You would need to change the output format, but this sort of data (a layered graph) works well with graphviz, specifically dot.


4

I don't have time to get all the details down, but maybe this answer can give some helpful intuition. Basically, something that will work is taking the first $N$ binary binary of your number in $[0,1]$ and assigning them as the most significant digits for each of the $N$ dimensions (so, the first decimal digit is the most significant digit in the first ...


4

For higher order elements, I refine each element a few times so I have more points to work with. If I just need to visualize the solution for myself. Let's use quadratic Lagrange elements as examples. You need the mesh data, points p and triangles t, also the numerical solution $u_h$. For visualization purpose, we merely need the nodal values from the ...


4

This is actually a standard modeling problem if you consider the medium that flows through the network to be incompressible (e.g., liquids, or gases at low velocity). Then, you formulate everything in terms of fluxes (liters or kg per second) rather than in discrete parcels. The key realization is that the flux that goes into one end of the pipe equals the ...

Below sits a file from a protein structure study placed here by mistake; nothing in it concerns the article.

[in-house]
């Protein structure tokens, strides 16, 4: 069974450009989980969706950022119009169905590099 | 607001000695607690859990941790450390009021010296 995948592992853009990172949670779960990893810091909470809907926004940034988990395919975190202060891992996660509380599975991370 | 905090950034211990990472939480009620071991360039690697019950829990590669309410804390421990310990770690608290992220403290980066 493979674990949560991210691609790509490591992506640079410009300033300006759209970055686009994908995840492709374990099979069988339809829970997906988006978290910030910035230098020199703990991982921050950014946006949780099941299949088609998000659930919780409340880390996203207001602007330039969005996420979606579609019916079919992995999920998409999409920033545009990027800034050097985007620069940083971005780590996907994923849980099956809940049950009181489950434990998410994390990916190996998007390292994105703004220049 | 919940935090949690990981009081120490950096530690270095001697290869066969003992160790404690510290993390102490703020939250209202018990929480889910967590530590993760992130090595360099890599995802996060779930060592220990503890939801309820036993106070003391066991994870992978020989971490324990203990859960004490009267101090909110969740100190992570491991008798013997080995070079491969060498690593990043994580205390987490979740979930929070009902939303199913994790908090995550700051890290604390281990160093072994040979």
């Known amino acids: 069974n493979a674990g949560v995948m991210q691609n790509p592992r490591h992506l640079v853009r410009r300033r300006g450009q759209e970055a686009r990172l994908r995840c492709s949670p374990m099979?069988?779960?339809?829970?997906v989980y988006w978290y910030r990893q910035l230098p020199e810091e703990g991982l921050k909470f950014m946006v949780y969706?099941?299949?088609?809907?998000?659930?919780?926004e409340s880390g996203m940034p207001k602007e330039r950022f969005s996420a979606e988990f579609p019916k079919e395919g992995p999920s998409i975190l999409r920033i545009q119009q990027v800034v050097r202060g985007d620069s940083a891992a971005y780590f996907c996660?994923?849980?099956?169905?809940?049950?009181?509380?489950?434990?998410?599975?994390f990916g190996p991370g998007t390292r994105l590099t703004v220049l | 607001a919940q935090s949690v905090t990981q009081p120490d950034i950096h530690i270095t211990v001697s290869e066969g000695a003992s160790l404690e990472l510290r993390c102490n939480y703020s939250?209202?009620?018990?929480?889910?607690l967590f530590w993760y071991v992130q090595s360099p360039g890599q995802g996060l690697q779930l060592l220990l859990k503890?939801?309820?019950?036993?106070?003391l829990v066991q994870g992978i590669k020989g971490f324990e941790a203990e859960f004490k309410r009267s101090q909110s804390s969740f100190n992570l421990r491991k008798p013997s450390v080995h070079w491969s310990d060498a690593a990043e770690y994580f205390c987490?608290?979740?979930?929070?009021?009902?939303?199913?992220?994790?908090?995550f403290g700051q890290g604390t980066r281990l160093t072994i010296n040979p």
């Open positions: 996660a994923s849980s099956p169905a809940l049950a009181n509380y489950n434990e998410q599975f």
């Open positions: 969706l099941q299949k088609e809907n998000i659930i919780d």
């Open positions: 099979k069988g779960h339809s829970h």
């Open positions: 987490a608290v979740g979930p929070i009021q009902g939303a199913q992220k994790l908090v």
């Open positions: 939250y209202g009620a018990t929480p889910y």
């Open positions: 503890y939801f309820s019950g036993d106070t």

4

Programs like Visit and Paraview can do "volume rendering", which is what you show in your figure. You just need to export the data you have in a format that either of these programs can read.


4

{Assuming you still need the code} Let A1.wrl is your wrl file. import matplotlib.pyplot as plt from mpl_toolkits.mplot3d import Axes3D import numpy as np import re holder = [] with open("A1.wrl", "rb") as vrml: for lines in vrml: a = re.findall("[-0-9]{1,3}.[0-9]{6}", lines) if len(a) == 3: holder.append(map(float, a)) ...


4

Reading the Paraview python API, found the following solution to convert back and forth between VTKArray and numpy arrays. This uses the numpy_support and vtk.dataset_adapter modules : from paraview.numpy_support import vtk_to_numpy from paraview.vtk.dataset_adapter import numpyTovtkDataArray, vtkDataArrayToVTKArray import numpy as np # get paraview.vtk....


4

I agree that using the same color scale is generally good practice. Not doing so is confusing. Now, as you note, there are cases where this doesn't leave very much information in each picture. In such cases, you should at least make it clear in the caption that you are using different color scales for different panels of a figure.